He was appointed Ambassador Extraordinary and Plenipotentiary to Zambia on August 5, 1976. He presented his credentials on August 31, 1976 and left the post on July 5, 1979.
While serving in Lusaka he played a key role in the negotiations seeking a solution to the conflict in Rhodesia (now Zimbabwe), working along with British diplomat Johnny Graham as the U.S. member of the Anglo-American Consultative Team for Rhodesia. Low's solid work in Zambia was an important component of the U.S. contribution to the international efforts to facilitate a settlement for Rhodedia, helping to bring about the Lancaster House Agreement in December 1979 which led to the formation of independent Zimbabwe.
He was appointed Ambassador Extraordinary and Plenipotentiary to Nigeria on September 20, 1979. He presented his credentials on November 29, 1979 and left the post on July 4, 1981.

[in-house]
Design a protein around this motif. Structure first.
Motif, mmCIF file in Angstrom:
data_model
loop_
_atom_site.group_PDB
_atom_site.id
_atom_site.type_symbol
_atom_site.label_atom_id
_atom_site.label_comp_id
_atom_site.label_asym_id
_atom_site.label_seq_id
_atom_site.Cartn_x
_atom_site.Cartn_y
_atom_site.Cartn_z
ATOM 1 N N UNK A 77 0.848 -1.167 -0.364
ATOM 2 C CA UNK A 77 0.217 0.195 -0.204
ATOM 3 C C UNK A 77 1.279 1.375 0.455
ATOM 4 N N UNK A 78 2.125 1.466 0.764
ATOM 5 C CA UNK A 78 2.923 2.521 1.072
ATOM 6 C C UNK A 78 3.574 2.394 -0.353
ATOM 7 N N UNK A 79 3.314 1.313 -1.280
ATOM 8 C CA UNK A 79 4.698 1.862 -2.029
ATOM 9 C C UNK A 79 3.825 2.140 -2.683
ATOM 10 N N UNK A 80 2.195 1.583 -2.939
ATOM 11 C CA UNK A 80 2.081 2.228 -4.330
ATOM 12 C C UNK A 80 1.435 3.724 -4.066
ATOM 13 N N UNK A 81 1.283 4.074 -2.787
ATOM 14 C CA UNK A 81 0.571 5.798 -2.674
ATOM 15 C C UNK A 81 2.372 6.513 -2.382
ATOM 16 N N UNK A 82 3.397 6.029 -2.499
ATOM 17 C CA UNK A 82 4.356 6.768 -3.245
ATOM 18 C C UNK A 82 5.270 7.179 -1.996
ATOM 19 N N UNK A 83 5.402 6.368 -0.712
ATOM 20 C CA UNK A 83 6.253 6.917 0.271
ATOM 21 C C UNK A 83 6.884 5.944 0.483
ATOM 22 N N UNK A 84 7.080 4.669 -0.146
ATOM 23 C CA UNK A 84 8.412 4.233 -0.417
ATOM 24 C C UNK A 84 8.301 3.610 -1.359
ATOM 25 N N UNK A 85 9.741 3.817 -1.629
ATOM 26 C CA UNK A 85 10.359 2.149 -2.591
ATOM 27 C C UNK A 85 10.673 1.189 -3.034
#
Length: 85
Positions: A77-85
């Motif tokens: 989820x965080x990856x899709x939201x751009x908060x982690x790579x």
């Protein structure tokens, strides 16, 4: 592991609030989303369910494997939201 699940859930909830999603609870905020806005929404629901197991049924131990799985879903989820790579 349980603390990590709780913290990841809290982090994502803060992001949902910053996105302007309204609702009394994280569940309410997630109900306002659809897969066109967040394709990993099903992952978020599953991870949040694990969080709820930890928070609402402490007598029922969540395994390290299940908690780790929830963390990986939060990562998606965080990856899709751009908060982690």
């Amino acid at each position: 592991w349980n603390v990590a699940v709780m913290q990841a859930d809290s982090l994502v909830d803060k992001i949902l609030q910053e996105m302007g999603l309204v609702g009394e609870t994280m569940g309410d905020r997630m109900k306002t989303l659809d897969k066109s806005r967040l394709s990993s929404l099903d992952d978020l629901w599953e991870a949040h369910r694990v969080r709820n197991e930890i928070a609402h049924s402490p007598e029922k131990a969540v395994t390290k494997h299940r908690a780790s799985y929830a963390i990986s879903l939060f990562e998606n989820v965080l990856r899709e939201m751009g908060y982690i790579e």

- ^ "Stephen Low, Foreign Service officer". Washington Post. 20 November 2010. Retrieved 8 June 2015.
- ^ a b c d United States. U.S. Department of State. Bureau of Public Affairs, Office of the Historian. Stephen Low. Department History. Web. 7 Nov. 2010. <http://history.state.gov/departmenthistory/people/low-stephen>.
- ^ Amicus Brief of Former Diplomats Diego Asencio, Et Al. Nos. 03-334; 03-343. Supreme Court of the United States.  Archived November 4, 2011, at the Wayback Machine
- ^ Andy DeRoche, Kenneth Kaunda, the United States and Southern Africa (London: Bloomsbury, 2016), pp. 120-121 and 143-144.
Last edited on 16 April 2021, at 17:04
Content is available under CC BY-SA 3.0
unless otherwise noted.